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[IP] Research on Diabetic Complications
DETROIT (AP) - A hormone scientists once thought was
``garbage'' is now believed to reduce some of the worst
complications from Type 1 diabetes, researchers said.
The research focuses on C-peptide, a molecular cousin of
insulin, which regulates the body's sugar levels.
Researchers still aren't sure exactly what function
C-peptide plays in the body. But scientists gathered
for an international diabetes symposium in Michigan last
weekend were excited about preliminary studies that show
injections of C-peptide along with insulin reduced
serious diabetic complications such as kidney damage.
"We thought it was garbage,'' said Dr. Anders Sima, a
researcher at the Wayne State University School
of Medicine. Instead, he said, C-peptide and insulin
may be like the oil and gas that cars need to run
properly. Insulin helps the body to balance metabolism;
C-peptide helps the body last a lifetime. Sima and
others summarized the findings at the Third Annual
International Motor City Diabetes Symposium.
A large international study is expected to begin next
year, the Detroit Free Press reported Tuesday. If early
research is reproduced, C-peptide could easily be
administered because it already is manufactured as a
byproduct of insulin. It would be added to the insulin
injections Type 1 diabetics now take.
Even with strict diets, daily insulin and close
monitoring of blood-sugar levels, four of 10 diabetics
develop serious problems, including kidney failure,
heart and peripheral nerve problems and deteriorating
vision and eventual blindness. In the United States,
about 17,000 die each year of such complications.
Sima said early research also shows that C-peptide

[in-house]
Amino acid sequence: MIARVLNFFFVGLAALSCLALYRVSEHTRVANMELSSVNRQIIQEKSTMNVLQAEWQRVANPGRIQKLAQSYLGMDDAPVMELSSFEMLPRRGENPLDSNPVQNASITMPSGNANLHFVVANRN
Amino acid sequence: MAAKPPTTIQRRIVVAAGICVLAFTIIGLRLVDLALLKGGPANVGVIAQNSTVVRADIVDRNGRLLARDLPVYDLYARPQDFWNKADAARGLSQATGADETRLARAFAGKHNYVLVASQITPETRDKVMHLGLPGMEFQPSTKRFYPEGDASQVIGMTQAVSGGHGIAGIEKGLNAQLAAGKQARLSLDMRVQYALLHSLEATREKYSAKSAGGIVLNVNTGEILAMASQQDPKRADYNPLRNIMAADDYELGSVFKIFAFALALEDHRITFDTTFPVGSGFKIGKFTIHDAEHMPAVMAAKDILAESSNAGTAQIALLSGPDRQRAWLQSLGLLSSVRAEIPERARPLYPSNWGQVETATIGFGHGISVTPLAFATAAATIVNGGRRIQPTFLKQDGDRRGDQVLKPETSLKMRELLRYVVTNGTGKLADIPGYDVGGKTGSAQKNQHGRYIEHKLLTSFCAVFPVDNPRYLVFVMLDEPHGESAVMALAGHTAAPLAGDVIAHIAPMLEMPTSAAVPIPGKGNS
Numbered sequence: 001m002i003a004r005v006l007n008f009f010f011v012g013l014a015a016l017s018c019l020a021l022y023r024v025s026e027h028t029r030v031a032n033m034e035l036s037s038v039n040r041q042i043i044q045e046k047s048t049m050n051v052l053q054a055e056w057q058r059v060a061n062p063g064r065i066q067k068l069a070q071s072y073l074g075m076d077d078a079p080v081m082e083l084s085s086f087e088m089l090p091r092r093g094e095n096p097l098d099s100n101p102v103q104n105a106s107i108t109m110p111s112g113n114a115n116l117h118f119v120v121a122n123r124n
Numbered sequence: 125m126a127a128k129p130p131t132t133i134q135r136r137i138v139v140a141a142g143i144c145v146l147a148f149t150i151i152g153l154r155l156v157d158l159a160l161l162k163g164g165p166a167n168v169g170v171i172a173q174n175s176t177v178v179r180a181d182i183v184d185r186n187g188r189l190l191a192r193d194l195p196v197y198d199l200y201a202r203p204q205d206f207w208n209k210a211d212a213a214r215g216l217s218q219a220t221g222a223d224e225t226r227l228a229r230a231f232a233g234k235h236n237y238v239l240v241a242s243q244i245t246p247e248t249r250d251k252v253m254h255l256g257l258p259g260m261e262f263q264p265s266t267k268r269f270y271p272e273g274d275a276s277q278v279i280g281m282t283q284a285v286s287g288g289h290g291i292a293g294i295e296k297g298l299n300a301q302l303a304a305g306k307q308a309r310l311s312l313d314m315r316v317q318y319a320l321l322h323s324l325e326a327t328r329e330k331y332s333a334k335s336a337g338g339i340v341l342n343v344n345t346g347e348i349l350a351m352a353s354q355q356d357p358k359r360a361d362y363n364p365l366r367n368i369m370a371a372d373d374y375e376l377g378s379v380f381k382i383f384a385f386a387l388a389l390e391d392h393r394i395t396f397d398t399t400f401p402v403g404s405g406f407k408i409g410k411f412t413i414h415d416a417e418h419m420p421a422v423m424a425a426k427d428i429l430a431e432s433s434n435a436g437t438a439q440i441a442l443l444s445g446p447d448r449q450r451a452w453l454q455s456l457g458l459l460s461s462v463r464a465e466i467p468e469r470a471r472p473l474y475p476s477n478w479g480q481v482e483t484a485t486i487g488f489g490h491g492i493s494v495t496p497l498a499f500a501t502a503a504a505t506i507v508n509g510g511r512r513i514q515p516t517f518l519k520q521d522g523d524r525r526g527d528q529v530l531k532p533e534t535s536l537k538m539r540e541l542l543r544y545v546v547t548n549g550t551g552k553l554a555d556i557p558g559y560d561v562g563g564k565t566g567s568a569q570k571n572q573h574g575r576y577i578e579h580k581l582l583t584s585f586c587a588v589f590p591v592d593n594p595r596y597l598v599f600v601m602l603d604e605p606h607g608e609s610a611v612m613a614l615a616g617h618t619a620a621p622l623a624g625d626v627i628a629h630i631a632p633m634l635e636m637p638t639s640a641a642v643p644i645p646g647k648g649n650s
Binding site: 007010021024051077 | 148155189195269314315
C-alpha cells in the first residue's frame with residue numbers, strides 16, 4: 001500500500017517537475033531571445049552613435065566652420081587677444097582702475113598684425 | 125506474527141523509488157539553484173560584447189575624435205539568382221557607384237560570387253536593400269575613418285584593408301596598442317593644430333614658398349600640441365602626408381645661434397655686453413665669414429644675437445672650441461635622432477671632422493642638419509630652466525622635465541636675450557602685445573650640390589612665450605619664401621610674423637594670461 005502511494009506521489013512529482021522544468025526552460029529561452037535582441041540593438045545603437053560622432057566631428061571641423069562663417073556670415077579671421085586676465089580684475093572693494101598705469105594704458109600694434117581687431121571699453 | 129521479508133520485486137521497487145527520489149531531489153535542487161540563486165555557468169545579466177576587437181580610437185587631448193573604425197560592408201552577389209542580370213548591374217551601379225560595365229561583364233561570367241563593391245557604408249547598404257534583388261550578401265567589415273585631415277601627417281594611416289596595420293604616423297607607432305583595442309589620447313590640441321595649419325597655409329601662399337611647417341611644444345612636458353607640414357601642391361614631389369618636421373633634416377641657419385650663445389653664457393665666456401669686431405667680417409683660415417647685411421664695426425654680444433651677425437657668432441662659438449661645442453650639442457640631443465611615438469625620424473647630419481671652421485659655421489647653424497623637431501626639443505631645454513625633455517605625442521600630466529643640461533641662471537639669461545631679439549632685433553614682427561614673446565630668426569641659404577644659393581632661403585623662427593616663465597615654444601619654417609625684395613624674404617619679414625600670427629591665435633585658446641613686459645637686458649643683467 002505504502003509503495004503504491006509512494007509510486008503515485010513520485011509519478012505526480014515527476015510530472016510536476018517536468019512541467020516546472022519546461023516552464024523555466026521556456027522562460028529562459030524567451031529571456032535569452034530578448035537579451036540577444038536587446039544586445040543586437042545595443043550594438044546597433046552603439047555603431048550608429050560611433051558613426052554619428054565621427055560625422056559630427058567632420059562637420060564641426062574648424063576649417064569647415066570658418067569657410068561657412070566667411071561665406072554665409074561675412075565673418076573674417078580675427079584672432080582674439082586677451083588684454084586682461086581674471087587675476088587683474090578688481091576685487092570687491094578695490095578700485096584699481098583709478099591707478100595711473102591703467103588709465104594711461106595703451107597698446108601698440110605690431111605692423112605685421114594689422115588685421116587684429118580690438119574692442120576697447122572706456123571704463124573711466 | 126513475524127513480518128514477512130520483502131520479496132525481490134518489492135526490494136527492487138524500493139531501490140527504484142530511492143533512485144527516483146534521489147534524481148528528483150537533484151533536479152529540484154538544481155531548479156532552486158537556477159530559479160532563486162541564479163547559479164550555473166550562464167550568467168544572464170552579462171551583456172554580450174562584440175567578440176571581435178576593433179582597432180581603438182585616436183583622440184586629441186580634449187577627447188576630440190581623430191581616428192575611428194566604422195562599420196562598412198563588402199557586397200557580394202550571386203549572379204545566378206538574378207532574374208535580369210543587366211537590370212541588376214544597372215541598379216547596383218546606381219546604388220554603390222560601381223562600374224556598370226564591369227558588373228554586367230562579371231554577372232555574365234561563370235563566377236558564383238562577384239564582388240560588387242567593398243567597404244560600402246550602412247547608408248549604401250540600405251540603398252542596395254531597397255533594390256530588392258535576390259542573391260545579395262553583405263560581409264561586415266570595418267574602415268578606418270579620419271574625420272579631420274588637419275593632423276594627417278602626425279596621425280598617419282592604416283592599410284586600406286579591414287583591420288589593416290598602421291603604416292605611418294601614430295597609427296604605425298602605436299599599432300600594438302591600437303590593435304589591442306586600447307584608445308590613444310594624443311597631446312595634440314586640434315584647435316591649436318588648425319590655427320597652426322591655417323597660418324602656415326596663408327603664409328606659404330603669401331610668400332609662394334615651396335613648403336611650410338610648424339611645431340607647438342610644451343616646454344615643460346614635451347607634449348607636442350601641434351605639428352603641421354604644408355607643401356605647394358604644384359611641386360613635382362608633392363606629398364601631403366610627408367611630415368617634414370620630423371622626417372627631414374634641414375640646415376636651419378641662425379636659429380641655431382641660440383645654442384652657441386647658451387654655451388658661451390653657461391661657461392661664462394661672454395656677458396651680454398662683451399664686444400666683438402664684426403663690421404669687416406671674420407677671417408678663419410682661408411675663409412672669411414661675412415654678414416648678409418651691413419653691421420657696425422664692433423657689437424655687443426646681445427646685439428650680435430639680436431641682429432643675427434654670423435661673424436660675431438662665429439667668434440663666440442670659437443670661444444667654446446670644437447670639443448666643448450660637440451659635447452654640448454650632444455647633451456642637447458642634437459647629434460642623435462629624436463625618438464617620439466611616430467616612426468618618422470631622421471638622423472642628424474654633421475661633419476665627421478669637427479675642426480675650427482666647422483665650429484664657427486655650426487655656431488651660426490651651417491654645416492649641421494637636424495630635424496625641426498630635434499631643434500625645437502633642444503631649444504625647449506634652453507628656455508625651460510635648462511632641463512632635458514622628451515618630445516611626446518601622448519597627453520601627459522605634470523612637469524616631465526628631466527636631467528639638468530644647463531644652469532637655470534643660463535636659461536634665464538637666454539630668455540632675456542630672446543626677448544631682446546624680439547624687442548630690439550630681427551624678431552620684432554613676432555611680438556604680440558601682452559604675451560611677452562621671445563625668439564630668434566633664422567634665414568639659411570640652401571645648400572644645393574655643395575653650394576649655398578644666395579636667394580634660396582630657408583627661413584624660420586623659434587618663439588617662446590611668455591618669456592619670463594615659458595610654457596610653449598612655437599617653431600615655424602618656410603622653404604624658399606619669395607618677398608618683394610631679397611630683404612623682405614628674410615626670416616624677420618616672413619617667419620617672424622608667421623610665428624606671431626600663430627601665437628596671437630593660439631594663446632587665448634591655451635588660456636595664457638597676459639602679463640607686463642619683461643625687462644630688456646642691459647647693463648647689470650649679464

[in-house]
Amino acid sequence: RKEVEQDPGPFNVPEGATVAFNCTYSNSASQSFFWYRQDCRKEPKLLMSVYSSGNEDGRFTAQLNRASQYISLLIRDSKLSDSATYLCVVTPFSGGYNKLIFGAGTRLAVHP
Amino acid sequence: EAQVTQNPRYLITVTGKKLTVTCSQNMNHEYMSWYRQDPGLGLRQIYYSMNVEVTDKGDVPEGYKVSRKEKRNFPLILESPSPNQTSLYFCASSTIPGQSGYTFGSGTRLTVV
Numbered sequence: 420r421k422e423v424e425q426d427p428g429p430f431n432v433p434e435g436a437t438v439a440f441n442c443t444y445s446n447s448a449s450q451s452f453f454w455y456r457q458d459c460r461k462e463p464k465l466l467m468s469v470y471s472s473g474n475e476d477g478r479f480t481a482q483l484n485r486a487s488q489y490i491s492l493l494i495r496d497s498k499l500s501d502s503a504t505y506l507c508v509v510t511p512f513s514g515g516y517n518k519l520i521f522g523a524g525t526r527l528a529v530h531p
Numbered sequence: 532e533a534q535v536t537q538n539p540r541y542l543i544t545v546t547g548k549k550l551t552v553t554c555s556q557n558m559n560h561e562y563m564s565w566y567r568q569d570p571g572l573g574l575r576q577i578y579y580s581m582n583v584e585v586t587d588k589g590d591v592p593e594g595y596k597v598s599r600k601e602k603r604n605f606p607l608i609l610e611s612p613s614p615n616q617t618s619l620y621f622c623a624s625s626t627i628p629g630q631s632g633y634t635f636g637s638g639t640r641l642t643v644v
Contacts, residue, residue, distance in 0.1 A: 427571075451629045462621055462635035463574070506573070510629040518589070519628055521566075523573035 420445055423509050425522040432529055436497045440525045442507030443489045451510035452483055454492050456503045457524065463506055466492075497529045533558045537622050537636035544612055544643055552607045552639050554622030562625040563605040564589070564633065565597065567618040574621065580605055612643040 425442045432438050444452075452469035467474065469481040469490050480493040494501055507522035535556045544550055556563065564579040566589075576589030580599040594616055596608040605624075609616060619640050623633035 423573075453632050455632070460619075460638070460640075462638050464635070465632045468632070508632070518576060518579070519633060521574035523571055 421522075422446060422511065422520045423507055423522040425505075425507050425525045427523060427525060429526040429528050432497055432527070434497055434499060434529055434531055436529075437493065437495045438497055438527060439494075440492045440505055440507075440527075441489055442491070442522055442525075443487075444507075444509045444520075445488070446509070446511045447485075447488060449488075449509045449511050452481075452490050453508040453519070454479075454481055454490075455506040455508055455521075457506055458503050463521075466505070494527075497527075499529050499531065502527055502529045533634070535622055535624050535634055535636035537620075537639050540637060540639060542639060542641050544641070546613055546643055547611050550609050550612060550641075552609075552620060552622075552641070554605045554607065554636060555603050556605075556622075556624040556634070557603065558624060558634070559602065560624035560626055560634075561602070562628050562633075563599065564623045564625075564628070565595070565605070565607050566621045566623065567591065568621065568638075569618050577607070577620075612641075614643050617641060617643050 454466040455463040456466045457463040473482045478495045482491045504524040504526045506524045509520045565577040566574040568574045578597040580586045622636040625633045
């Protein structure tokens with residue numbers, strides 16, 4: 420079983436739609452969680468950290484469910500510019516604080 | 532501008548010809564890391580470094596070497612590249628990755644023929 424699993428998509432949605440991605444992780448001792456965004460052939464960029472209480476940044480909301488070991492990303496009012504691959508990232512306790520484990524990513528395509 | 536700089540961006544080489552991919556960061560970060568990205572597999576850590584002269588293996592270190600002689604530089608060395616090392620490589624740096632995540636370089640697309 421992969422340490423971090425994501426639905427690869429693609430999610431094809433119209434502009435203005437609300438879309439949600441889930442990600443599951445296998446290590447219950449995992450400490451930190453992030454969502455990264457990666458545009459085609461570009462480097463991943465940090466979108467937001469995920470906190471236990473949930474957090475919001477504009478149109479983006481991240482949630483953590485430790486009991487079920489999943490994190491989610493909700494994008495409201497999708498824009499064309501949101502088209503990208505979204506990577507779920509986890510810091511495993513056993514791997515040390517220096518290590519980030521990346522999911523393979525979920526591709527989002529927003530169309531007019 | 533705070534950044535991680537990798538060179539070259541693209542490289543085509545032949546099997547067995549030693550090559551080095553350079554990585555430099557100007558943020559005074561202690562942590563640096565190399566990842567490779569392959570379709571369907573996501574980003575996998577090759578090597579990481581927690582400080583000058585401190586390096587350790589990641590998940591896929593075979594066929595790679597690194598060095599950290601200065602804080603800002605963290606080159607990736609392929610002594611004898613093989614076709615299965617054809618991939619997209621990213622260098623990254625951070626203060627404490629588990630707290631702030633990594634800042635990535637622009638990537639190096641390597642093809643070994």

delays the onset of complications. It also may be
helpful in some cases of Type 2 diabetes which also are
insulin deficient. Type 1 diabetes is an autoimmune
problem in which beta cells in the pancreas are killed.
Beta cells make insulin and C-peptide, which are
depleted in people with Type 1 diabetes.
C-peptide was discovered in 1967, but scientists lost
interest when they could not show that it helped with
metabolism the way insulin does, said Dr. George
Grunberger, professor and director of Wayne State's
Center for Molecular Medicine and Genetics.
A handful of researchers, however, continued the work.
The payoff came in the past few years. Dr. John Wahren,
of Sweden's Karolinska Institute in Stockholm, found
that daily injections of C-peptide limited kidney,
bowel, sexual and circulatory complications in Type 1
diabetics. Sima demonstrated the same benefits in
Scientists now theorize that a lack of C-peptide may be
the key to progression of the disease.
``We've found there very well may be use for what was
called shavings from the carpenter's bench,'' Wahren
Soon, Wahren will begin studies of C-peptide therapy at
three Swedish sites. He and Sima also have
held preliminary talks with European and U.S. drug
officials about the scope of larger studies, which they
hope will be under way by spring.
Further work to design the study will be done at a
meeting in Sweden planned for December, Sima said.
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